Live chat with language therapist Helen Cain

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Here is our 31st chat write-up with Helen Cain, Speech and Language Therapist and PhD student interested in children’s language development and developmental communication impairments such as Autism Spectrum Disorder (ASD) and Specific Language Impairments (SLI).

Also, if you are fascinated by this topic, you might like to have a read of some of the live chats we’ve had in the past about language development in babies, like this one on family-based shared reading, or this one on language development, or this on babies’ early gesture.

Q: What are ASD and SLI?
Helen: ASD stands for Autism Spectrum Disorder and SLI stands for Specific Language Impairment. Both are communication impairments that start in early childhood. Autism Spectrum Disorders cause impairments of communication and social interaction skills, and also cause children to have restricted and repetitive behaviours, which can cause delays in play skills, difficulties with changes, need for routines etc. Specific Language Impairment is diagnosed when a child has difficulties with developing language skills with no known cause, when the child’s general development is age-appropriate and there is no hearing impairment, physical disability, learning difficulty, autism, environmental deprivation that could explain the language difficulty. It can affect understanding and expressive language, or just expressive language.

Q: Do we know what causes SLI? Or is that the million dollar question?
Helen: That is the million dollar question! We don’t even really know how to spot it in children less than about 3 years old, as many children have language delays that resolve on their own, but an SLI won’t resolve without help from a speech and language therapist. One of the aims of my research is to look at early markers for these conditions and whether children can be spotted as young as 12 months old, and intervention put in place to help develop their early communication skills.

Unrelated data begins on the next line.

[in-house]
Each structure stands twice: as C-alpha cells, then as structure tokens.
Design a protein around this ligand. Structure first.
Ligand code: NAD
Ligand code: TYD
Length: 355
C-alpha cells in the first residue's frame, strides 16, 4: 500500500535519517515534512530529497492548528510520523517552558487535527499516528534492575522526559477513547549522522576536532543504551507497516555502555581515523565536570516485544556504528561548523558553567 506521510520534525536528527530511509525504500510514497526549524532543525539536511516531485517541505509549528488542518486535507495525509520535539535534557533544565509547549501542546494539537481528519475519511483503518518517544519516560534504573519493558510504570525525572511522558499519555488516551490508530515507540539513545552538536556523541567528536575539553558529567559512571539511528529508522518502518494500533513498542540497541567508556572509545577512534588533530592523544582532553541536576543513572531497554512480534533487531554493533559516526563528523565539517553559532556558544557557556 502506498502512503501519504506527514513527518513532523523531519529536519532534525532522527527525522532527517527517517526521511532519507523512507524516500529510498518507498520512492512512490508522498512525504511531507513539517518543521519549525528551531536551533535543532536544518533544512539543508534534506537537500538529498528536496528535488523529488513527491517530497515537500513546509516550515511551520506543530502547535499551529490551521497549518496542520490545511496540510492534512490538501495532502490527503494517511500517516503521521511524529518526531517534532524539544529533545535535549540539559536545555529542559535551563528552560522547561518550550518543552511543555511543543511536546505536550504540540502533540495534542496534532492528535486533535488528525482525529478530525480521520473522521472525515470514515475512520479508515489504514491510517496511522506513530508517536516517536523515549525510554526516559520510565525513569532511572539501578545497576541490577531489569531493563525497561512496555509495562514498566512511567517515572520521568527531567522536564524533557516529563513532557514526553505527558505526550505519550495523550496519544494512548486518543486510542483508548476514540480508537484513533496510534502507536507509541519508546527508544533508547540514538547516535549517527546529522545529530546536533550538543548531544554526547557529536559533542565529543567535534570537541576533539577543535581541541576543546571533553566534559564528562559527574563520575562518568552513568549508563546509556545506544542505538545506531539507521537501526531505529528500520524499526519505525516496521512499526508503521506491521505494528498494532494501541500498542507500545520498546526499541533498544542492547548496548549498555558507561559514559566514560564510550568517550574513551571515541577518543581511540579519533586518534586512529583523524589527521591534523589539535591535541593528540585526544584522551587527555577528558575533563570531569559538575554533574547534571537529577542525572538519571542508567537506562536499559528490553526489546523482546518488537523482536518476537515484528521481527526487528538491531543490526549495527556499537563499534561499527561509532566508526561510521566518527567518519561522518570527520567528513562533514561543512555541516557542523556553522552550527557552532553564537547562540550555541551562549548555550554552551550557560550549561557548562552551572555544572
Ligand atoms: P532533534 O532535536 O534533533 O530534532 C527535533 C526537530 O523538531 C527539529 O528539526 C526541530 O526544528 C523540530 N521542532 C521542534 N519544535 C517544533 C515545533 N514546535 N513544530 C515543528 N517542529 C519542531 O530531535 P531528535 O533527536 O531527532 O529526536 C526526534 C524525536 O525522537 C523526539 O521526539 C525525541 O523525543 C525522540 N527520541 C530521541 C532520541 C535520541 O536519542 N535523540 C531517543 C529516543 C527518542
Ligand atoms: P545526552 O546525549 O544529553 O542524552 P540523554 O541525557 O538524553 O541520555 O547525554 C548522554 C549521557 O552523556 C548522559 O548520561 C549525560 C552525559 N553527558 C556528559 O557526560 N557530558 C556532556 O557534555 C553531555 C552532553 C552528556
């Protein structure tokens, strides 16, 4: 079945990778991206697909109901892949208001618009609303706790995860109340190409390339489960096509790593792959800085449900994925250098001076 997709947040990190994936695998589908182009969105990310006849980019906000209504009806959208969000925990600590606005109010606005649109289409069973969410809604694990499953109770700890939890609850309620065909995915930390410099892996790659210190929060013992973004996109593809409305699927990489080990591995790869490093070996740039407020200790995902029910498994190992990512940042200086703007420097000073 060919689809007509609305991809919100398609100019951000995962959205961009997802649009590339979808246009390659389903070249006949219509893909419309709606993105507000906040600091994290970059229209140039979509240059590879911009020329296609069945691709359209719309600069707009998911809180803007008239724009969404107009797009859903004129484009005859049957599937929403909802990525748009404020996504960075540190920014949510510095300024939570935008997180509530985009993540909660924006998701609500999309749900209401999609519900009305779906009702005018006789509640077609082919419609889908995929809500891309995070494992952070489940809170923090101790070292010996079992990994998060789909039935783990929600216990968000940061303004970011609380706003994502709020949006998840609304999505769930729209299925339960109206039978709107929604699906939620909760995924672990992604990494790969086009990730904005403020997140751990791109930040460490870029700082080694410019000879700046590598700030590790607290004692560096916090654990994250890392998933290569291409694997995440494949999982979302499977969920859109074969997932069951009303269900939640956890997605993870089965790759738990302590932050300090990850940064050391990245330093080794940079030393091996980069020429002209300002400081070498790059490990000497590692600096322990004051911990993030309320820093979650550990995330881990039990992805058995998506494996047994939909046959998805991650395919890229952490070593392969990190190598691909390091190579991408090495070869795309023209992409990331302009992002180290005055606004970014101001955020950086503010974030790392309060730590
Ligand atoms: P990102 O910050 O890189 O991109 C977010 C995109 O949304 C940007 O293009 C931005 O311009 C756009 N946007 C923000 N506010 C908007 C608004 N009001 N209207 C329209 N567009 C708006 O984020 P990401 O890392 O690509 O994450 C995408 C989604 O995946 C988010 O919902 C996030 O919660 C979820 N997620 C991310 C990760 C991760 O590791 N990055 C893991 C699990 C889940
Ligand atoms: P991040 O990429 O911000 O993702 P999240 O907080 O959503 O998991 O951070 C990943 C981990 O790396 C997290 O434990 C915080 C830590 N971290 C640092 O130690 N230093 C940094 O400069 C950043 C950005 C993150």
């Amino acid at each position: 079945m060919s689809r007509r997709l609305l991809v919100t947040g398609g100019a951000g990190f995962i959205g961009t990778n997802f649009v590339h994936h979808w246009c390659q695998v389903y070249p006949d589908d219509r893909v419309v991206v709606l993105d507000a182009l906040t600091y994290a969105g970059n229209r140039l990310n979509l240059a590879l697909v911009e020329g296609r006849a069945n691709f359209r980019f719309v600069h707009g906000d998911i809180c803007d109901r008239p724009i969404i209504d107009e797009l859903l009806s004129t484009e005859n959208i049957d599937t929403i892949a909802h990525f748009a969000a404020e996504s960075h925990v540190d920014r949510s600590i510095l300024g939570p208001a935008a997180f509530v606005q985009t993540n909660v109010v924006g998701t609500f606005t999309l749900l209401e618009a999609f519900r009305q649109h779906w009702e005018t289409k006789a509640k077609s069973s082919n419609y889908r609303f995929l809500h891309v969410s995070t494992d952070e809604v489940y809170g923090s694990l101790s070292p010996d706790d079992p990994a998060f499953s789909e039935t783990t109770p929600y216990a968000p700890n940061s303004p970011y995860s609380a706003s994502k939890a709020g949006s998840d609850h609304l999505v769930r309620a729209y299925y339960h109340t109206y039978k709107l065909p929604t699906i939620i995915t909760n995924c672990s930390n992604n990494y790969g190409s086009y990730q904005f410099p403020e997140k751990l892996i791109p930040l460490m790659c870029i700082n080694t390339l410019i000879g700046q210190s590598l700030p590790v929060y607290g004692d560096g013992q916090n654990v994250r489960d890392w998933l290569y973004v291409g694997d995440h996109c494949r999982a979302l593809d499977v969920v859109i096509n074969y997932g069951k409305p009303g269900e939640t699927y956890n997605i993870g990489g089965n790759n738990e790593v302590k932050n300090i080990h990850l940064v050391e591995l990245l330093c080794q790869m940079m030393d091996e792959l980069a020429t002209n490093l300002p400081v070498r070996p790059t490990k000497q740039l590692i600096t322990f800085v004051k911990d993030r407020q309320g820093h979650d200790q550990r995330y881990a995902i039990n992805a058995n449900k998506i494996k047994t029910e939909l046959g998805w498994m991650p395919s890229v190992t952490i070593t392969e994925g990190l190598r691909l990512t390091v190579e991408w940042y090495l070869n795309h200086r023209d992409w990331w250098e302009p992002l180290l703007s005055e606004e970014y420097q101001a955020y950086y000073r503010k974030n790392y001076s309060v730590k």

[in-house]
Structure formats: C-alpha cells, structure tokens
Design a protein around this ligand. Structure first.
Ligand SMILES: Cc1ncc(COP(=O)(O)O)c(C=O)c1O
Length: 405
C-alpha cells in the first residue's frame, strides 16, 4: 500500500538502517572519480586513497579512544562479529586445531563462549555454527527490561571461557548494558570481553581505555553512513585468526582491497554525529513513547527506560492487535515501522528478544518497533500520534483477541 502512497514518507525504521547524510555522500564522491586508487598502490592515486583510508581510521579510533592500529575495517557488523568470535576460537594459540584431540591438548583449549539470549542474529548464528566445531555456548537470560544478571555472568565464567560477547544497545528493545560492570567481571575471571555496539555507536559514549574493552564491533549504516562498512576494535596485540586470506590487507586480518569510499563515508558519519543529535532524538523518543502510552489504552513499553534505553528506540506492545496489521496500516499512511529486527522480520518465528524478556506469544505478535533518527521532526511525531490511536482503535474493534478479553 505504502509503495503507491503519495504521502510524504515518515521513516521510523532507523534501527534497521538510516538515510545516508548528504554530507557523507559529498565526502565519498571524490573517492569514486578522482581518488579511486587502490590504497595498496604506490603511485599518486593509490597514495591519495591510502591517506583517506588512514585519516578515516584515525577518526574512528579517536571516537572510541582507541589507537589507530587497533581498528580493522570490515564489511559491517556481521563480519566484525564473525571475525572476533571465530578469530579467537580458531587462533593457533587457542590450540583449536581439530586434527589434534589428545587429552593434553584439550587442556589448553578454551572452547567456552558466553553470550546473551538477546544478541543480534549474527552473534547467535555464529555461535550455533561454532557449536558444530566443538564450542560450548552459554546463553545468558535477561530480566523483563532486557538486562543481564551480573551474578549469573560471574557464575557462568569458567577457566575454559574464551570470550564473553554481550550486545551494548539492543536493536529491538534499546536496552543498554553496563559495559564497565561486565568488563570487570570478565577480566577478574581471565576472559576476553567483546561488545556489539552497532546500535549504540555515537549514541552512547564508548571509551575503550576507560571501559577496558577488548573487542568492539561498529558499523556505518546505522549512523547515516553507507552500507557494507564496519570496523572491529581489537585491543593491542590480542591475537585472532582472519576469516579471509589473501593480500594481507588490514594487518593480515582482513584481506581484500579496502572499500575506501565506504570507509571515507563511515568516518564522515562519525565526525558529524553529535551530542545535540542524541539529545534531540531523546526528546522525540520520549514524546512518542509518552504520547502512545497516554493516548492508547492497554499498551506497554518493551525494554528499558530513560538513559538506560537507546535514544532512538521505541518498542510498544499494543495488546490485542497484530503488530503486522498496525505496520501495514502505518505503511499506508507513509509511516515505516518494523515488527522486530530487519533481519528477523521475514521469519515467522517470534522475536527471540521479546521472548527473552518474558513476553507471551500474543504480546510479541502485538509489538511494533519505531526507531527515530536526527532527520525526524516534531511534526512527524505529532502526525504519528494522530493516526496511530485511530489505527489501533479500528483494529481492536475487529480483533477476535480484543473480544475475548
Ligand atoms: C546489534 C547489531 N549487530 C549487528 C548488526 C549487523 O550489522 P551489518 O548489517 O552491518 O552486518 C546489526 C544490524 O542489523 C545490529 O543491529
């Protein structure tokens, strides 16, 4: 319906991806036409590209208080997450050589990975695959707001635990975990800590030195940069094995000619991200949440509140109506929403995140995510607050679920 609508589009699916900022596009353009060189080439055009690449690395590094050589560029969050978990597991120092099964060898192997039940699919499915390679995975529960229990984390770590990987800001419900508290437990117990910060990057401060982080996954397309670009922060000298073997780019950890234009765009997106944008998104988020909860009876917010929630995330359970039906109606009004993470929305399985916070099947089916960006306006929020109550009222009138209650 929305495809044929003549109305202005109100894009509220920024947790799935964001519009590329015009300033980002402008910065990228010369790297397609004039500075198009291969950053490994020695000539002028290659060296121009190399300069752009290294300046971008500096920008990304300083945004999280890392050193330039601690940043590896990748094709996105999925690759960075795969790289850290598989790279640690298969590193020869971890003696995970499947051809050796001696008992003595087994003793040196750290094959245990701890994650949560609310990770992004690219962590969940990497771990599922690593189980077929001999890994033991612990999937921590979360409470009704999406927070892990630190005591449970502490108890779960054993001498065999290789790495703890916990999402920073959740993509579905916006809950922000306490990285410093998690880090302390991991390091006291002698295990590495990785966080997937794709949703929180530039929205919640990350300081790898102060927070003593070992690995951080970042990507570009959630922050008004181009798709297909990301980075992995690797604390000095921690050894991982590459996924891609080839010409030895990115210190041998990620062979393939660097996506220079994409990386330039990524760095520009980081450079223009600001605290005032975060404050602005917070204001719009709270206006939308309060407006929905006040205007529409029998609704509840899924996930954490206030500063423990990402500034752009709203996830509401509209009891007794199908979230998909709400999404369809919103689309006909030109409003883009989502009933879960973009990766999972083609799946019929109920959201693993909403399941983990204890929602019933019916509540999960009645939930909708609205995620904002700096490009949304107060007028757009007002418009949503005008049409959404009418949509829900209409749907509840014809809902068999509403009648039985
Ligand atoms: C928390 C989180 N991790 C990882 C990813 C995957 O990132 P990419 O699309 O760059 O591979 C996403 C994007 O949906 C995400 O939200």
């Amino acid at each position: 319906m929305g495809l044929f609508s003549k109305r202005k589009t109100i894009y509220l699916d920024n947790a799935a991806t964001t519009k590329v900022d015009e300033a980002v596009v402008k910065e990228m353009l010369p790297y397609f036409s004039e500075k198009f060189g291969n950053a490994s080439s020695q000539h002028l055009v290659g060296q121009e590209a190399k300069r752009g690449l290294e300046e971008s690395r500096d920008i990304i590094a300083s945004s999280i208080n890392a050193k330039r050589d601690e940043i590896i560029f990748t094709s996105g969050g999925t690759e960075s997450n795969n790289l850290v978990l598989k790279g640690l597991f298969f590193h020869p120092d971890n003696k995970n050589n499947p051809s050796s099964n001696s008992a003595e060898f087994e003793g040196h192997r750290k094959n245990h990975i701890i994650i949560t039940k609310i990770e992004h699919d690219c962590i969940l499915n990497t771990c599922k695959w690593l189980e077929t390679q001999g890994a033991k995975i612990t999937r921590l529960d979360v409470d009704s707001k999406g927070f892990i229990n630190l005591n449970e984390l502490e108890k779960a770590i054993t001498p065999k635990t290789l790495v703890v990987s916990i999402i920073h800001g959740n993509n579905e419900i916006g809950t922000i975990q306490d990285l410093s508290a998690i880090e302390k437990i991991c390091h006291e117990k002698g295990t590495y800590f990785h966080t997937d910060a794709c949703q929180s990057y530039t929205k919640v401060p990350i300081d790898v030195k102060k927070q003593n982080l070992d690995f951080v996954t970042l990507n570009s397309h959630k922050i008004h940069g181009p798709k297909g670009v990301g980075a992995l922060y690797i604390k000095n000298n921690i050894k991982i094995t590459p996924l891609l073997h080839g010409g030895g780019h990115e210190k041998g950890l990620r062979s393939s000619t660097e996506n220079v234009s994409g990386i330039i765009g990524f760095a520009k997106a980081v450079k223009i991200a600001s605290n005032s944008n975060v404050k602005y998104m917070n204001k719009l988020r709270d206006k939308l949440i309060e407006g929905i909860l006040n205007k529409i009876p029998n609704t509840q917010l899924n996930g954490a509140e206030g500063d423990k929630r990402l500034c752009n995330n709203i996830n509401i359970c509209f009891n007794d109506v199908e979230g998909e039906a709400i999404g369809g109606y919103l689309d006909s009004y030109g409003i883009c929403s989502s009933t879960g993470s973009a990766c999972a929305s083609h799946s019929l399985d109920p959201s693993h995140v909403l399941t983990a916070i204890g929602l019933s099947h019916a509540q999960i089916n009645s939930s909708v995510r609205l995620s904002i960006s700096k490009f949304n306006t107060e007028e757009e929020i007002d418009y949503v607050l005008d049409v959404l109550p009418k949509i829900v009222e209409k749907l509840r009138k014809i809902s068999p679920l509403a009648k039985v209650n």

Q: What are the signs that a child is not making headway with language development?
Helen: that’s a really good question! It would depend very much on the age of the child. For example, at 2 years old, most children will be starting to put two words together when speaking. They can usually understand and follow simple instructions and understand concepts such as big and little. They usually have some pretend play. At 12 months old, when I see babies for my research, we’d expect that a baby would be interested in people, would respond to their name, might follow instructions with a gesture and in a context. They may or may not have said a first word. They should be interested in toys and should show they can use for example a cup or a spoon for their intended function. Failure to comprehend can manifest as difficulties with following instructions, but at nursery and school age it can also show up as problems with behaviour or listening/attention.

Q: Do you see a difference between boys and girls? People often say that girls are better at talking and just generally develop a bit faster but I don’t know how much of that is myth and legend.